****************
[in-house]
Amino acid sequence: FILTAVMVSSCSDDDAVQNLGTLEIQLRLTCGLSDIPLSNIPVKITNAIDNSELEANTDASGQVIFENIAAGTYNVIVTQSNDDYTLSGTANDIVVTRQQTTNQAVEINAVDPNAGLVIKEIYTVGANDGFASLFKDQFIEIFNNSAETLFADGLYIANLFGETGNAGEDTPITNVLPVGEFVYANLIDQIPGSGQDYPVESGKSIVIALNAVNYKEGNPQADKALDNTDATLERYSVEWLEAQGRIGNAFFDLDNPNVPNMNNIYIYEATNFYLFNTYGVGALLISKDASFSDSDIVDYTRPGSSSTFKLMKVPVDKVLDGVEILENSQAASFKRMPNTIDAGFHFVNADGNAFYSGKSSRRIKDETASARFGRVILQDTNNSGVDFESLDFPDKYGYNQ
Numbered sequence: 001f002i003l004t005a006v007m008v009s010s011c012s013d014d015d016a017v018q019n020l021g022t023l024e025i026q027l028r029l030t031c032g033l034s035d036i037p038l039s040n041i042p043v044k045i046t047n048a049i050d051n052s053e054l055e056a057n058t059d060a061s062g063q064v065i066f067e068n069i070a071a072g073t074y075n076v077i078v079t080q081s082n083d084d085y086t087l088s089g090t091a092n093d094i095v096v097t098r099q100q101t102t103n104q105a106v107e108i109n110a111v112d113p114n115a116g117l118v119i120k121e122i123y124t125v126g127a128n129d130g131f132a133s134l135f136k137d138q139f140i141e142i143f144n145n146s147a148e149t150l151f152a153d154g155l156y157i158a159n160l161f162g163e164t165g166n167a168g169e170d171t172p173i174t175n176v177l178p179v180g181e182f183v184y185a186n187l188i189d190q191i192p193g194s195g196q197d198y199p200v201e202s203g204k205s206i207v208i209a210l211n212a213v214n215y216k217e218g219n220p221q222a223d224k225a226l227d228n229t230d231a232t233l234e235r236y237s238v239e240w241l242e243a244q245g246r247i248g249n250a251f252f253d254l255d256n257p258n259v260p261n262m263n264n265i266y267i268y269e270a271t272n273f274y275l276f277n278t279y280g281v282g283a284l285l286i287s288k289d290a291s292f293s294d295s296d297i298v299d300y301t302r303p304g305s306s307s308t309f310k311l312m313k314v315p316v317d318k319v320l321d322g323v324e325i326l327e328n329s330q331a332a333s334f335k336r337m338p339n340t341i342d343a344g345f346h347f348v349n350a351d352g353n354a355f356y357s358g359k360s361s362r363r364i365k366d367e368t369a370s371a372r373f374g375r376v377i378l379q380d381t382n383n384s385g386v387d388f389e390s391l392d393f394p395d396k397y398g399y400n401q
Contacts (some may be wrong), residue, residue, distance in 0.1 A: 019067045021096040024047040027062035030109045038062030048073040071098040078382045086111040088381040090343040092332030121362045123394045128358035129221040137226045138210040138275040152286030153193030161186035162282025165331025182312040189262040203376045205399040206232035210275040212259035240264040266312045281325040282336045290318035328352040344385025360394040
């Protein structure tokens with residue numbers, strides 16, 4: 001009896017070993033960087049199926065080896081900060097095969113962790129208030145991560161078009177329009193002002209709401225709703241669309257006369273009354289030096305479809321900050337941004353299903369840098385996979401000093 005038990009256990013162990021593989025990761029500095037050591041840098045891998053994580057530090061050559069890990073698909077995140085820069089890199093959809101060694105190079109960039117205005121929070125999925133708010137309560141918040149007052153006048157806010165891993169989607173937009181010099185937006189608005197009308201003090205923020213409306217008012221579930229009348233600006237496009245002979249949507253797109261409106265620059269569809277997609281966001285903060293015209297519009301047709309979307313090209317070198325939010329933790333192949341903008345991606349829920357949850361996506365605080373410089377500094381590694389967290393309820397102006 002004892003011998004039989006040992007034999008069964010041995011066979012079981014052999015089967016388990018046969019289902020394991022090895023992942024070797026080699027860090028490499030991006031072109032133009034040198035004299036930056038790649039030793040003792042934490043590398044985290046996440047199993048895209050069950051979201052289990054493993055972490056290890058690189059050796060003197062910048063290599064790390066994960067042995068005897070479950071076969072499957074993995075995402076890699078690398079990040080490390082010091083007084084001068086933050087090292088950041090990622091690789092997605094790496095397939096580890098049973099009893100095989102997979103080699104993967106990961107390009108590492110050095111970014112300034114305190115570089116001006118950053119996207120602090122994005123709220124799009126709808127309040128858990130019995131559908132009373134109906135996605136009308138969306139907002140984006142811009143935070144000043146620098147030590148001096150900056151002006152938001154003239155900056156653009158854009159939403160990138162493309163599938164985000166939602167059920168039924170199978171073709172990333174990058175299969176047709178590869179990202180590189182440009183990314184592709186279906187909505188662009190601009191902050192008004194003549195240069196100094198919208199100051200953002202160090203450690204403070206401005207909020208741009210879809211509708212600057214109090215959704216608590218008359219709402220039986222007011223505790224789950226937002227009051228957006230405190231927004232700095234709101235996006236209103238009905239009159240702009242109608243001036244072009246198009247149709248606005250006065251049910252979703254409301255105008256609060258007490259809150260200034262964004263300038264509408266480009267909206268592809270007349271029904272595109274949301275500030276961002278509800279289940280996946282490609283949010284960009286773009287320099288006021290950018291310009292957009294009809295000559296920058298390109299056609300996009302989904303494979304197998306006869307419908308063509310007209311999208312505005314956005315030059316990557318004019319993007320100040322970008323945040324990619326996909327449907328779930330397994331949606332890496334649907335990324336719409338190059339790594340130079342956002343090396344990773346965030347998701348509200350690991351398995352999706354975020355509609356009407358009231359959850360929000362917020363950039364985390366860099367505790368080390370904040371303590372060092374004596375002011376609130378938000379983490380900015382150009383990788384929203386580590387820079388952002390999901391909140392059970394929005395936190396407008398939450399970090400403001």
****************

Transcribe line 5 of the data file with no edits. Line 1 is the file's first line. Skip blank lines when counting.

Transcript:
């Protein structure tokens with residue numbers, strides 16, 4: 001009896017070993033960087049199926065080896081900060097095969113962790129208030145991560161078009177329009193002002209709401225709703241669309257006369273009354289030096305479809321900050337941004353299903369840098385996979401000093 005038990009256990013162990021593989025990761029500095037050591041840098045891998053994580057530090061050559069890990073698909077995140085820069089890199093959809101060694105190079109960039117205005121929070125999925133708010137309560141918040149007052153006048157806010165891993169989607173937009181010099185937006189608005197009308201003090205923020213409306217008012221579930229009348233600006237496009245002979249949507253797109261409106265620059269569809277997609281966001285903060293015209297519009301047709309979307313090209317070198325939010329933790333192949341903008345991606349829920357949850361996506365605080373410089377500094381590694389967290393309820397102006 002004892003011998004039989006040992007034999008069964010041995011066979012079981014052999015089967016388990018046969019289902020394991022090895023992942024070797026080699027860090028490499030991006031072109032133009034040198035004299036930056038790649039030793040003792042934490043590398044985290046996440047199993048895209050069950051979201052289990054493993055972490056290890058690189059050796060003197062910048063290599064790390066994960067042995068005897070479950071076969072499957074993995075995402076890699078690398079990040080490390082010091083007084084001068086933050087090292088950041090990622091690789092997605094790496095397939096580890098049973099009893100095989102997979103080699104993967106990961107390009108590492110050095111970014112300034114305190115570089116001006118950053119996207120602090122994005123709220124799009126709808127309040128858990130019995131559908132009373134109906135996605136009308138969306139907002140984006142811009143935070144000043146620098147030590148001096150900056151002006152938001154003239155900056156653009158854009159939403160990138162493309163599938164985000166939602167059920168039924170199978171073709172990333174990058175299969176047709178590869179990202180590189182440009183990314184592709186279906187909505188662009190601009191902050192008004194003549195240069196100094198919208199100051200953002202160090203450690204403070206401005207909020208741009210879809211509708212600057214109090215959704216608590218008359219709402220039986222007011223505790224789950226937002227009051228957006230405190231927004232700095234709101235996006236209103238009905239009159240702009242109608243001036244072009246198009247149709248606005250006065251049910252979703254409301255105008256609060258007490259809150260200034262964004263300038264509408266480009267909206268592809270007349271029904272595109274949301275500030276961002278509800279289940280996946282490609283949010284960009286773009287320099288006021290950018291310009292957009294009809295000559296920058298390109299056609300996009302989904303494979304197998306006869307419908308063509310007209311999208312505005314956005315030059316990557318004019319993007320100040322970008323945040324990619326996909327449907328779930330397994331949606332890496334649907335990324336719409338190059339790594340130079342956002343090396344990773346965030347998701348509200350690991351398995352999706354975020355509609356009407358009231359959850360929000362917020363950039364985390366860099367505790368080390370904040371303590372060092374004596375002011376609130378938000379983490380900015382150009383990788384929203386580590387820079388952002390999901391909140392059970394929005395936190396407008398939450399970090400403001």